Twice during my weeklong test, I was forced to park at the bottom of the hill and hoof it home, and every drive on packed snow evoked a tense tiptoe ballet between traction and skid.

This is not to warn buyers off the S plus line — it comes with killer titanium-finish 5-spoke alloys — but to illustrate the hazards of ill-chosen options. Just keep a good set of snow tires to back up the hotrod rubber.

The turbocharged 3.0-liter diesel that powered my tester ran quiet and smooth. It makes 240 horsepower and 406 pound-feet of torque and earns EPA ratings of 18 mpg city/28 mpg highway/22mpg combined.

Despite those lofty numbers, the diesel doesn’t lack for get-up-and-go. Acceleration is strong and certain and the Tiptronic gearbox makes swift, sure shifts that keep the engine in the heart of its power band.

A supercharged 3.0-liter gasoline engine produces 280 hp on base trims and 333 hp on the performance-oriented S line. Both versions earn a 18 combined mpg (16 city/22 mpg highway).

The Q7 cabin earns top marks for style, materials quality and ergonomics. Audi’s MMI electronics interface presents the usual learning-curve issues, but is easier and safer to use than the current crop of touchscreen systems.

Cargo capacity is the weak link in the Q7 chain, with a total capacity of about that of a compact crossover. 

The Q7 offers a rare combination of drivability, functionality and comfort. Crossover buyers seeking something out of the ordinary would do well to shoot it a glance.

Don Adair is a Spokane-based freelance writer. Contact  him at don@dadair.com.

2014 Audi Q7 TDI quattro Tiptronic
Vehicle base price: $47,700
Trim level base price: $52,900
As tested: $81,795
Key options included navigation; Bang & Olufsen sound system; air suspension; corner-view camera system; S line and S line plus appearance packages; parking system with rearview camera
EPA rating: 19 city/28 highway
Diesel fuel required

Green cars slug it out in Portland

Yesterday, members of the Northwest Automotive Press Association (NWAPA) gathered in Portland to drive and rate an assortment of “green cars.” What I learned tooling around downtown Portland:
 
  • Sustainability is high on the automotive agenda. We drove 17 hybrids, plug-in hybrids, clean diesels and electric vehicles from a variety of domestic and foreign makers.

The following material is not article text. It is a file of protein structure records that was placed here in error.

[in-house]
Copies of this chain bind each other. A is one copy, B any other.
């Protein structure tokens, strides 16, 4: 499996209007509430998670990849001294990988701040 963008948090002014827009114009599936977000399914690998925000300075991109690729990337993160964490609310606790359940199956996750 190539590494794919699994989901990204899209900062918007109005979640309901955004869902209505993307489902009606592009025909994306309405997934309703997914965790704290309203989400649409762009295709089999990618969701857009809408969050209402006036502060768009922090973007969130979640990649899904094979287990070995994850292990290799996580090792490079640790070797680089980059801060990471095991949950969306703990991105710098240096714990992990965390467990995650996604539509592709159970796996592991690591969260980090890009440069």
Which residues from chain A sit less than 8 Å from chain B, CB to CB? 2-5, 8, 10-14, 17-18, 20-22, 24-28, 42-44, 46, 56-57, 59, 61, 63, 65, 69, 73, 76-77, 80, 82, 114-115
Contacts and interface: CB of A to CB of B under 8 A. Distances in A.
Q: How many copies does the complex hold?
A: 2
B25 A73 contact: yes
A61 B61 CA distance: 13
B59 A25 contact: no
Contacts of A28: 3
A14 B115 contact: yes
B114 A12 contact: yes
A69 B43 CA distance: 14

• In these early stages of the green-car game, efficiency-minded buyers pay a premium for their good intentions.
  • My mother was right: I have a champagne appetite on a beer budget.
The NWAPA Winners
 
EV: Fiat 500e
Diesel: Chevrolet Cruze Turbo Diesel
Hybrid: Chevrolet Volt
 
Impressions
 
EVs
 
The EV field ranged from the cute-as-a-button, two-passenger Fiat 500e ($33,495) to Ford’s electronics-laden Focus Electric ($39,995). My top picks: the Focus and Nissan’s Leaf ($36,910), whose range, roominess and overall utility are first rank. Honorable mention — based entirely on style points — goes to the Fiat.
 
Notes: 1) All EVs are eligible for a $7,500 federal tax credit; 2) Although GM calls the Volt an EV, the EPA calls it a hybrid, which is where NWAPA put it. 2) Honda’s new Fit EV impressed, but I DQed it for being available in only seven states, none of them Washington. 
 
Clean Diesels
 
This growing segment produces vehicles as diverse as Chevy’s new Cruze Turbo Diesel ($25,795) and Audi’s A8L Quattro Tiptronic ($99,445). My picks: the A8L which, despite its limo-like heft earns EPA ratings of 24 city/36 highway, and the VW Beetle TDI Convertible ($28,690), the only diesel convertible available in the States.
 
Notes: Today’s diesels are quiet and refined. They make bundles of torque while producing up to 30 percent fewer emissions than comparable gasoline engines.
 
Hybrids/Plug-in Hybrids
 
Both varieties of hybrid outsell the other categories by a wide margin — and the competitors keep getting better. I liked the Volt ($45,540) and found it impossible to deny a spot to the Prius V ($35,704).
 
Notes: This segment produced the day’s most pricey competitor, the Lexus LS 600h L ($128,529), a lovely car whose 19/23 mileage ratings more or less defeat the purpose.
 
What Mom Said
 
Mom was right, of course. Of all the worthy cars I could have chosen as a personal favorite, I picked the over-the-top Audi Quattro diesel. A hoot to drive and the absolute pinnacle of diesel refinement.